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This content will become publicly available on February 2, 2017

Title: From Organized High-Throughput Data to Phenomenological Theory using Machine Learning: The Example of Dielectric Breakdown

Understanding the behavior (and failure) of dielectric insulators experiencing extreme electric fields is critical to the operation of present and emerging electrical and electronic devices. Despite its importance, the development of a predictive theory of dielectric breakdown has remained a challenge, owing to the complex multiscale nature of this process. We focus on the intrinsic dielectric breakdown field of insulators—the theoretical limit of breakdown determined purely by the chemistry of the material, i.e., the elements the material is composed of, the atomic-level structure, and the bonding. Starting from a benchmark dataset (generated from laborious first principles computations) of the intrinsic dielectric breakdown field of a variety of model insulators, simple predictive phenomenological models of dielectric breakdown are distilled using advanced statistical or machine learning schemes, revealing key correlations and analytical relationships between the breakdown field and easily accessible material properties. Lastly, the models are shown to be general, and can hence guide the screening and systematic identification of high electric field tolerant materials.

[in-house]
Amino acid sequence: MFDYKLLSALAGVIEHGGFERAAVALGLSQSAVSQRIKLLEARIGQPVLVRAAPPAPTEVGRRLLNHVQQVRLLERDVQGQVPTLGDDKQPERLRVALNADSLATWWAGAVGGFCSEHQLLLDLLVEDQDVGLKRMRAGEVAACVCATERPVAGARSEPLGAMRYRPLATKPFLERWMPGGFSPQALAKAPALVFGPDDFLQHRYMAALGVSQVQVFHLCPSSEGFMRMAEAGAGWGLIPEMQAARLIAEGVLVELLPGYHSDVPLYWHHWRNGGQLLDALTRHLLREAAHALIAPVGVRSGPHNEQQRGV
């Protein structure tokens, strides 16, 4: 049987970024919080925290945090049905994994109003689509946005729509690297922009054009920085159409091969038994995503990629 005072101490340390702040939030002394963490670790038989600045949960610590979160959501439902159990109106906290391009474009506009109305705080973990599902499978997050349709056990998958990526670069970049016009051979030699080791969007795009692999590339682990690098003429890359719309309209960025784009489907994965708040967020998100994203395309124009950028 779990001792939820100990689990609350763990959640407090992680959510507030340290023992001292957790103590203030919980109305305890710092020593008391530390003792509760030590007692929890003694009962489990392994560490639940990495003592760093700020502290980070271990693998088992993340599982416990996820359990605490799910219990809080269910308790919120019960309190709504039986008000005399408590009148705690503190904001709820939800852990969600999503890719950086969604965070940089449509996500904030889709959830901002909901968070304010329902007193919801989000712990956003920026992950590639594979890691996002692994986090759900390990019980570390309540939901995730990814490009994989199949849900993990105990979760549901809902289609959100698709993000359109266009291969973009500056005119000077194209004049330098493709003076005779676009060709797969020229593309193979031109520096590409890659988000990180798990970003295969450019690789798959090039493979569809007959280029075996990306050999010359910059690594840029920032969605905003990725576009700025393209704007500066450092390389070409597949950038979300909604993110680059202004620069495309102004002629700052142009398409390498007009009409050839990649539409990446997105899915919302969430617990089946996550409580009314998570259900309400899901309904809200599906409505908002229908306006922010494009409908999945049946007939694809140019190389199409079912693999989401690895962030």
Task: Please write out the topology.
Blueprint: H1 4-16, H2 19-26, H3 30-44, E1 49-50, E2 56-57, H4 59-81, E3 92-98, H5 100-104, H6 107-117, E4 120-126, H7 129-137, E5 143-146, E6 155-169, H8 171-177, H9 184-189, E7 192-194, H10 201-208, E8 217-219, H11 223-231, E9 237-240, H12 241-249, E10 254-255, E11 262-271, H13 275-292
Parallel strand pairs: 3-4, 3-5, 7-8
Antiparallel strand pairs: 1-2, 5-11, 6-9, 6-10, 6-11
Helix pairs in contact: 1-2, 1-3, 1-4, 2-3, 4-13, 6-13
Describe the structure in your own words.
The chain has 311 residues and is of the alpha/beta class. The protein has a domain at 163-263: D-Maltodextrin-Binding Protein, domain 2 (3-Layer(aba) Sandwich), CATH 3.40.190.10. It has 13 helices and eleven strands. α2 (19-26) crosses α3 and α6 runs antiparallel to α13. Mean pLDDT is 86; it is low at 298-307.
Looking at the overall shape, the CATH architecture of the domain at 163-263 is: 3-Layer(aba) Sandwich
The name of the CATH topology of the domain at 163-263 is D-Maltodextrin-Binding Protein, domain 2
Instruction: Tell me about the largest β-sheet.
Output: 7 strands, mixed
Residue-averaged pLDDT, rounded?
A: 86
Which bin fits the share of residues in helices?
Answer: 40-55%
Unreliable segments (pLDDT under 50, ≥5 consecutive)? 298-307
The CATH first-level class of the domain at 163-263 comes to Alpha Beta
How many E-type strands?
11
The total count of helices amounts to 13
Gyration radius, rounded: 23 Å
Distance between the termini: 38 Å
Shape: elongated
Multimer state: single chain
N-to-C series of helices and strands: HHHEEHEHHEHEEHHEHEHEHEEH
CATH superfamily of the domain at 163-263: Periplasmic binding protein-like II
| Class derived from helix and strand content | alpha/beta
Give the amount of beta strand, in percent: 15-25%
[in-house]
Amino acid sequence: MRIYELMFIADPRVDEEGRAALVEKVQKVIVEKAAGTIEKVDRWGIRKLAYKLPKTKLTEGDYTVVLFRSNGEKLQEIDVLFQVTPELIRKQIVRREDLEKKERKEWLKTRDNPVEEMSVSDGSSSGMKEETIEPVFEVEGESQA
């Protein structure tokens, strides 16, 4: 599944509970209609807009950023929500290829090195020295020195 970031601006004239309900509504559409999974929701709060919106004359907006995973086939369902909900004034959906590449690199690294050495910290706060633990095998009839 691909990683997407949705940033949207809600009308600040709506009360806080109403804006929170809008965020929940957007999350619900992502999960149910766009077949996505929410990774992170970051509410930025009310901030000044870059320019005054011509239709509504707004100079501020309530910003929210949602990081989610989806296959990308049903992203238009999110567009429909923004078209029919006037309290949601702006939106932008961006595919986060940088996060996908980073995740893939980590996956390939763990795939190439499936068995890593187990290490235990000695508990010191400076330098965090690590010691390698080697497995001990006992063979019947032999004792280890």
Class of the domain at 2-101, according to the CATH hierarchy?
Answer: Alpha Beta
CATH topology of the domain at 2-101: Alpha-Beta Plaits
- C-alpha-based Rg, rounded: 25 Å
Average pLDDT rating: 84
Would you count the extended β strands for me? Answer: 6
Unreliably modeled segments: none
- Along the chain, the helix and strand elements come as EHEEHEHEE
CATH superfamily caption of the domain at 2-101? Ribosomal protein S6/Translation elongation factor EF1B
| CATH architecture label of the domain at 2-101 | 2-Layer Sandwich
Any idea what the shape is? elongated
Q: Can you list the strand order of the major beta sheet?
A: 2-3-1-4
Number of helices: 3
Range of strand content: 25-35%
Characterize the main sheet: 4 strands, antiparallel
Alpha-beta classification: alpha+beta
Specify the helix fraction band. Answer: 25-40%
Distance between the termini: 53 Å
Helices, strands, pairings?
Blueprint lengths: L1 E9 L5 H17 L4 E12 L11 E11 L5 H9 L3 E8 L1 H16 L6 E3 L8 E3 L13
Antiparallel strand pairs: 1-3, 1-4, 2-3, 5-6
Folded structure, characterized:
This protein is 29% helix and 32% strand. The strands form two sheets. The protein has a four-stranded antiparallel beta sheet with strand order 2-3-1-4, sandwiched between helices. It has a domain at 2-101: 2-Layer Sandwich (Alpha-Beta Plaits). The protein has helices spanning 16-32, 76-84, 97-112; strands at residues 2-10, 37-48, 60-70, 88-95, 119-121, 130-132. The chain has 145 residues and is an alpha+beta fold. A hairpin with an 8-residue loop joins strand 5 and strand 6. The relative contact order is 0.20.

Authors:
 [1] ;  [2] ;  [1]
  1. Univ. of Connecticut, Storrs, CT (United States)
  2. Los Alamos National Lab. (LANL), Los Alamos, NM (United States)
Publication Date:
OSTI Identifier:
1255076
Report Number(s):
LA-UR-15--26967
Journal ID: ISSN 0897-4756
Grant/Contract Number:
N00014-10-1-0944; N00014-15-1-2665; 20140679PRD3; AC52-06NA25396
Type:
Accepted Manuscript
Journal Name:
Chemistry of Materials
Additional Journal Information:
Journal Volume: 28; Journal Issue: 5; Journal ID: ISSN 0897-4756
Publisher:
American Chemical Society (ACS)
Research Org:
Los Alamos National Laboratory (LANL), Los Alamos, NM (United States)
Sponsoring Org:
USDOE
Contributing Orgs:
Univ. of Connecticut, Storrs, CT (United States)
Country of Publication:
United States
Language:
English
Subject:
36 MATERIALS SCIENCE